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The payments industry is always changing

February 17, 2015

The payments industry is a constantly shifting landscape - strategic partnerships are concluded, new products are continually introduced to the market and consumer buying patterns change. From the way people use credit cards to how mainstream mobile payments are expected to become, markets always evolve.

The payments industry is a constantly shifting landscape – strategic partnerships are concluded, new products are continually introduced to the market and consumer buying patterns change. From the way people use credit cards to how mainstream mobile payments are expected to become, markets always evolve.

Costco and Amex are breaking up
CBS News reported that American Express is ending its partnership with Costco Wholesale. American Express was unable to reach an agreement with Costco on renewal terms. The agreement between the two companies allowed members of Costco to use American Express cards at stores and enjoy exclusive benefits. The deal with the credit card company provided Costco with a significantly lower rate than other retailers, however, the deal will conclude at the end of March 2016. A spokeswoman for the company indicated that a similar deal for Costco’s Canada stores ended last year as well.

This recent turn of events is a reminder that nothing in the payments industry is permanent. It is unclear whether Costco will look to sign a deal with another credit card company or rely on mobile payments as an alternative, but both companies will surely thrive regardless.

Mobile payments will have a big impact on consumerism
According to Forrester Research, mobile payments will grow from $52 billion in 2014 to $142 billion in 2019, reported Skift. It is relevant to add that 66 percent of consumers in the United States have smartphones capable of making mobile payments.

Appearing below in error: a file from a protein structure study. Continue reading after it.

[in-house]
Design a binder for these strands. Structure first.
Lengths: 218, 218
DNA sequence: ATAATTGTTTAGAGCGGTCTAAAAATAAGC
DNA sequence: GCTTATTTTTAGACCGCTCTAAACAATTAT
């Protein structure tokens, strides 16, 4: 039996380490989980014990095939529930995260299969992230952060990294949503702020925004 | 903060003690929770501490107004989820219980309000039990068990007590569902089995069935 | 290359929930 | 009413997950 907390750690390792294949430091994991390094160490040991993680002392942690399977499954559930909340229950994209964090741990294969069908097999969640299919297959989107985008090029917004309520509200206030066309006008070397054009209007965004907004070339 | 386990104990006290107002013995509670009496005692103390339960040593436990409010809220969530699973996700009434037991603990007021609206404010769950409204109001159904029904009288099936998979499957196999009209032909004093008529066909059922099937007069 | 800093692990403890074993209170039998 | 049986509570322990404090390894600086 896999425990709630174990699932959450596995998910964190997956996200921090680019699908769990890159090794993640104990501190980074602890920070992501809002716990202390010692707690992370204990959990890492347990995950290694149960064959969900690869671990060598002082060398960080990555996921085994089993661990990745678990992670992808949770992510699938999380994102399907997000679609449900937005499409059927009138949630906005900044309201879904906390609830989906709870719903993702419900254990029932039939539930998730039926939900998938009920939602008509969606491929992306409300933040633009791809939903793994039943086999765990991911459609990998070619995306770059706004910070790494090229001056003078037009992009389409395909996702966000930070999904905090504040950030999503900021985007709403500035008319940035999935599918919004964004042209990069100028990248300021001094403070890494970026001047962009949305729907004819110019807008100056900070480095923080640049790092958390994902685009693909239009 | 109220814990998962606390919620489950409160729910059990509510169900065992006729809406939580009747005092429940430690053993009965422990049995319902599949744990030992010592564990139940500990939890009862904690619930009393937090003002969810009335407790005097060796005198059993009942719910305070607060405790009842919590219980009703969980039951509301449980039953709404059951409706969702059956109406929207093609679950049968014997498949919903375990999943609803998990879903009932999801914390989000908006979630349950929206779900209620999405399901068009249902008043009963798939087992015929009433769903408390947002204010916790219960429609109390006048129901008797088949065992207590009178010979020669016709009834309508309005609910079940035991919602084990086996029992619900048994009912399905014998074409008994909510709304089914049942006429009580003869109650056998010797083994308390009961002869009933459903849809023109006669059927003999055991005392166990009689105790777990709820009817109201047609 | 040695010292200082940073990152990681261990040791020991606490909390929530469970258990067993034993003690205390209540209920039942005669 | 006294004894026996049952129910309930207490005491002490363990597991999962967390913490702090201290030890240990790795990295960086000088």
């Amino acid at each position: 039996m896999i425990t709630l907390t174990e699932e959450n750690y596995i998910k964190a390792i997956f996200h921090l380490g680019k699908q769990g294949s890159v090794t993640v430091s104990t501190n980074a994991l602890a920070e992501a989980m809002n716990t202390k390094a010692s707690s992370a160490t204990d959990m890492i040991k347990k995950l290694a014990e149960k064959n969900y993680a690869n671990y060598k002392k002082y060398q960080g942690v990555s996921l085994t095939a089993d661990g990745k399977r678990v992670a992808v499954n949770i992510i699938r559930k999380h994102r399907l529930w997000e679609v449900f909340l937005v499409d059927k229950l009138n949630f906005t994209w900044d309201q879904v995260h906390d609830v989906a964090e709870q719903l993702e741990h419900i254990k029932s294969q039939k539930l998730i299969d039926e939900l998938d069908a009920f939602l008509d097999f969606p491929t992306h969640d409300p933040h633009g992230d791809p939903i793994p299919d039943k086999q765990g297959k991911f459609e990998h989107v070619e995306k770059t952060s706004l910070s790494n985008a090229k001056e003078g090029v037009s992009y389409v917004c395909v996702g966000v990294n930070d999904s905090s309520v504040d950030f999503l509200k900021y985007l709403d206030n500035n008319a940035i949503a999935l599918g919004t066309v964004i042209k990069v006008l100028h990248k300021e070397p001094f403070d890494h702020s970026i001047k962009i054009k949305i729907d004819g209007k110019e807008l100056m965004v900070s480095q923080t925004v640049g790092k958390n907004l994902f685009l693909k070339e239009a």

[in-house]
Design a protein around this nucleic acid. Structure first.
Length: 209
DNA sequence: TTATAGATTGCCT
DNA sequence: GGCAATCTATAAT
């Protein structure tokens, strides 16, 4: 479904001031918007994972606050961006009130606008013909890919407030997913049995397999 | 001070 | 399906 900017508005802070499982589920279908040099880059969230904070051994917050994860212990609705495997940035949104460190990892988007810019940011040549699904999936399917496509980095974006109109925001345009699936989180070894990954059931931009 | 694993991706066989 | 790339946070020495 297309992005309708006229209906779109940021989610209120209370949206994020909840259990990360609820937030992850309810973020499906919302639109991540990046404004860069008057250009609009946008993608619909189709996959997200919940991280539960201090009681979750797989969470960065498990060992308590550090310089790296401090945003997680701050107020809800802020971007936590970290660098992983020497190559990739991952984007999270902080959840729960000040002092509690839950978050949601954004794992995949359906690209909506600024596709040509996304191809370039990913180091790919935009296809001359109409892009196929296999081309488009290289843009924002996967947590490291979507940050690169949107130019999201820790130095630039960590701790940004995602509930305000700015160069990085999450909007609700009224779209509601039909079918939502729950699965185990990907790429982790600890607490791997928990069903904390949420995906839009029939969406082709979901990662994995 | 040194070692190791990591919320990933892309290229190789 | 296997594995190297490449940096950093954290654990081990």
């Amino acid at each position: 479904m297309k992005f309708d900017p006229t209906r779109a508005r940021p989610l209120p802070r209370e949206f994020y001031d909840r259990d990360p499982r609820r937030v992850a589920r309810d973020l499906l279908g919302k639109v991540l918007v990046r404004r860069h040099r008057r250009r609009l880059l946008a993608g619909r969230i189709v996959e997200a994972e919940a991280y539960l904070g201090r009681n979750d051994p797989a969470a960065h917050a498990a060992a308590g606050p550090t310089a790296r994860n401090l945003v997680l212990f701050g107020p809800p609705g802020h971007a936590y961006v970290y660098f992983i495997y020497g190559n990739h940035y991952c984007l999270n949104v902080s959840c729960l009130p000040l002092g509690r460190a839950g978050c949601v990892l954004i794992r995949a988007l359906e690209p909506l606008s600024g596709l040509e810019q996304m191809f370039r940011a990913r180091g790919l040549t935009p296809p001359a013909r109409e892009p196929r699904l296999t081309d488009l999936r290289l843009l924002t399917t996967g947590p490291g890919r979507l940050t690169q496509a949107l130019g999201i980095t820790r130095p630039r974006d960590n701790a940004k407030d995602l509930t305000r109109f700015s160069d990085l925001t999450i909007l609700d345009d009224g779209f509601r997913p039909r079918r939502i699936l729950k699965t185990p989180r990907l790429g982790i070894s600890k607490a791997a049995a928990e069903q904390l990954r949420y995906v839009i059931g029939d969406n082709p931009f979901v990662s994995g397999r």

Skift noted that smartwatches will help transform the payments industry as well. Wearable technology is expected to receive a strong endorsement from consumers and the Apple Watch will make the company’s mobile payment service more widely available.

The news source also predicted that the travel industry will benefit greatly from developments in the payments space. As more consumers carry smartphones when they travel, airports, airlines, hotels and attractions will rely more heavily on mobile payments as a way to offer products and services. It will be more convenient for travelers to forego frequent trips to currency exchanges and instead use their phones to pay for things.

Other smartphone makers will compete with Apple
PYMNTS reported that Samsung will introduce its own mobile payment system, which will come along with the Galaxy S6. The service is meant to compete with Apple Pay and will use a fingerprint sensor for transaction authentication, versus swipe-based authentication on older models. Samsung is known as a dominant player in the Android market, but the company is positioning itself to be viewed more like Apple than other phone makers. Interestingly, Samsung’s mobile payment service appears to not rely on near field communications like Apple Pay does, and will transmit transaction information using other methods.

Ultimately, it is clear that as partnerships with credit card companies end, smartphone adoption rates get higher and mobile payments become more widespread, the only permanent thing in the payments industry is change. Retailers will upgrade their point-of-sale devices, technology companies will unveil new services and consumers will embrace new ways of making payments.

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